Where Does California’s Water Come From?
CALIFORNIA MOVES WATER
California's major population and agriculture centers are far from their sources of fresh water—by design. In our early history, water conveyance was built to stimulate urban growth and convert vast expanses of arid land to crop land.
RAIN IN THE MOUNTAINS
Four major watersheds supply most Californians with at least some of their fresh water: the Sacramento River in the north, the San Joaquin River and the Tulare Basin in the central part of the state, and the Colorado River to the east. Rainfall in the southern Cascades and the Sierra Nevada feed the rivers, lakes, aquifers and wetlands that California's vast water infrastructure captures, stores and distributes.
The biggest players in the business of moving water are the federal Central Valley Project (CVP), the State Water Project (SWP), the Colorado River (via the Boulder Canyon Project of the US Bureau of Reclamation), the San Francisco Bay Area municipal water agencies and the Greater Los Angeles municipal water agencies. Municipalities throughout the state contract with these suppliers to supplement their local sources.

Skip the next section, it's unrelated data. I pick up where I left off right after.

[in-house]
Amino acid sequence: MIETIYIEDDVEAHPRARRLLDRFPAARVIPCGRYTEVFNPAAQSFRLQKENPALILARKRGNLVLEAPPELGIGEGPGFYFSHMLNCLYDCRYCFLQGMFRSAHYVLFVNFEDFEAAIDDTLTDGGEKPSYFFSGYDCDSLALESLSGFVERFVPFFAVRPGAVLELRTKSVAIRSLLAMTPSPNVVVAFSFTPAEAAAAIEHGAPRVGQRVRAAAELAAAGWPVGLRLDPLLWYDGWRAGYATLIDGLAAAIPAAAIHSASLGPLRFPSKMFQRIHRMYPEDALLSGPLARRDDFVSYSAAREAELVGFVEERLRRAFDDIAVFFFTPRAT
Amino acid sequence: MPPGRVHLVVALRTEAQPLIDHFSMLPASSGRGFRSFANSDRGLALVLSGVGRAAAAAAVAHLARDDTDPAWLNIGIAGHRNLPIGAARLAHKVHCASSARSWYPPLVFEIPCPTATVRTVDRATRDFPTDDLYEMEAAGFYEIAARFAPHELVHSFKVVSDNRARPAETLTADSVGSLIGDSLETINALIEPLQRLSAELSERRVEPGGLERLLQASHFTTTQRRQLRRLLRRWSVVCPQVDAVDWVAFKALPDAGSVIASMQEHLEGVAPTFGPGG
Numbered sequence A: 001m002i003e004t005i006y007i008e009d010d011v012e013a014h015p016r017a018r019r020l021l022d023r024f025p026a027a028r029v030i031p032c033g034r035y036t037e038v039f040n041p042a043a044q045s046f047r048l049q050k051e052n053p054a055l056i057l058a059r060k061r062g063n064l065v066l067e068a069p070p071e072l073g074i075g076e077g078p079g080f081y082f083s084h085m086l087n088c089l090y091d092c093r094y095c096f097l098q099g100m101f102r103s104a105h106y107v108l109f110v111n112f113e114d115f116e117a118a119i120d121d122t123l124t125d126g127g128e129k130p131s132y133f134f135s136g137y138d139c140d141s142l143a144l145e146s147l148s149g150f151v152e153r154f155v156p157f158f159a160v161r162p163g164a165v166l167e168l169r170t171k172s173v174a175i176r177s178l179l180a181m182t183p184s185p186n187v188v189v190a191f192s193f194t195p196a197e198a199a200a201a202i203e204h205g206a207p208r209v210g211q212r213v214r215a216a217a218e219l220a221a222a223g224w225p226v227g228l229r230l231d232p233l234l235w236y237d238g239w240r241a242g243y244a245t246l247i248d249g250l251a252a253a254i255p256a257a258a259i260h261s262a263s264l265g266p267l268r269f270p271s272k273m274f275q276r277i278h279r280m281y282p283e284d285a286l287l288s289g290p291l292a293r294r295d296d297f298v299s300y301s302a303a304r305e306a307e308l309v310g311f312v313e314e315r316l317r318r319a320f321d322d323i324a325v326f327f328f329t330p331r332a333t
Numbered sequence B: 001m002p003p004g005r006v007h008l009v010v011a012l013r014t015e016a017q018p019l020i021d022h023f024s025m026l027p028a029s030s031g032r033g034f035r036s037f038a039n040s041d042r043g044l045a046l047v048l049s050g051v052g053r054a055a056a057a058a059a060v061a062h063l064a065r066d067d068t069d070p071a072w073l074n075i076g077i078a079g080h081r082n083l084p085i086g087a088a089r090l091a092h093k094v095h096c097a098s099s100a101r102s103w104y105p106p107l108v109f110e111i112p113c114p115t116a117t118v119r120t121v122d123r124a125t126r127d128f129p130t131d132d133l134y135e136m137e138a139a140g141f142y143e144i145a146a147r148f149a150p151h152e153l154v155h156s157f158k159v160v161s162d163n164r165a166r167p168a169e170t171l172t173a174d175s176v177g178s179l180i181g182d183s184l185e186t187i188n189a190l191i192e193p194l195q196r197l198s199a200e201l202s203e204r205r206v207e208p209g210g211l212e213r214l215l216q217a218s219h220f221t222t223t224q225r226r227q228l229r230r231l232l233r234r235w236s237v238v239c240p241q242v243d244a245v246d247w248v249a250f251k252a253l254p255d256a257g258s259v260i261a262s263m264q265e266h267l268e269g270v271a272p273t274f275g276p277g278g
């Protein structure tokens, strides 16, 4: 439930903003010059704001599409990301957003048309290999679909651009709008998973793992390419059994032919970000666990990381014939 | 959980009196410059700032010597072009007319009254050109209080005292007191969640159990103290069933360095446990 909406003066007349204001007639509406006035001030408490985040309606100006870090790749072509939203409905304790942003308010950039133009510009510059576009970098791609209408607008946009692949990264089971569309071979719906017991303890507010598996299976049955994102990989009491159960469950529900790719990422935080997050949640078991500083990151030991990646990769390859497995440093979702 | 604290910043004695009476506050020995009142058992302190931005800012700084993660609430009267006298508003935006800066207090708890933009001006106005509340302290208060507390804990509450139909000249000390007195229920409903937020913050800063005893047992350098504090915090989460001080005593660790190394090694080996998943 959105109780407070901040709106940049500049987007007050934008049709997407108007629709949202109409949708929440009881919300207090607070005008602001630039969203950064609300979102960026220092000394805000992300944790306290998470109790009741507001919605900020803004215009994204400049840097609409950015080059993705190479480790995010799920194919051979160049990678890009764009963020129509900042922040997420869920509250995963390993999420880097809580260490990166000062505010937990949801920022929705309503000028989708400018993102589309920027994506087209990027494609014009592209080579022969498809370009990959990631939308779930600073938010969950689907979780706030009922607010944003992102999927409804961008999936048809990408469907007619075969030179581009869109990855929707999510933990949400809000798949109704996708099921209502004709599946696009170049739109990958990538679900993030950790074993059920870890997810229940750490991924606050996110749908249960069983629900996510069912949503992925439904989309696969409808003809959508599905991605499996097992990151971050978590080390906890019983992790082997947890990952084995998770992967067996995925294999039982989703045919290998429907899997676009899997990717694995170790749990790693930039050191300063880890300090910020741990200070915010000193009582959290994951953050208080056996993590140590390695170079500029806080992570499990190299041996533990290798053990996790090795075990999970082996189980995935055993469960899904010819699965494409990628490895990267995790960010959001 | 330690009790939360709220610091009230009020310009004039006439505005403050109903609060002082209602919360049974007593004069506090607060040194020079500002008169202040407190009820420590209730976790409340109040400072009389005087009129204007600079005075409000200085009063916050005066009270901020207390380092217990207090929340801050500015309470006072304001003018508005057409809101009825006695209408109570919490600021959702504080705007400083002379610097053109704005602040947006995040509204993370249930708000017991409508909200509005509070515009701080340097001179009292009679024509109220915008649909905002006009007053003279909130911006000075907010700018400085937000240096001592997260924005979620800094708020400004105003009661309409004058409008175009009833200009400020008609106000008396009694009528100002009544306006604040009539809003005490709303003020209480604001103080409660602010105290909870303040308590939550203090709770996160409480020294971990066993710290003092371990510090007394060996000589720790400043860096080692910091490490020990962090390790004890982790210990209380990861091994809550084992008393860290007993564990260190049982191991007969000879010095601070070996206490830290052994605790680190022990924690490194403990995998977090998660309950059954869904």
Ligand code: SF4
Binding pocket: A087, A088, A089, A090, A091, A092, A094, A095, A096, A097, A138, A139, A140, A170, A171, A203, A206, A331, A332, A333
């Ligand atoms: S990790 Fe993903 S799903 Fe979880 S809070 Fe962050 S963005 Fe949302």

THE CALIFORNIA DELTA
The single largest source of fresh water for California is the Sacramento/San Joaquin River Delta—known as the California Delta. Water from the California Delta serves half of California's population - over 25 million people.
Water from the California Delta enters the CVP and SWP systems east of San Francisco and goes mostly south to the San Joaquin Valley and as far as Los Angeles.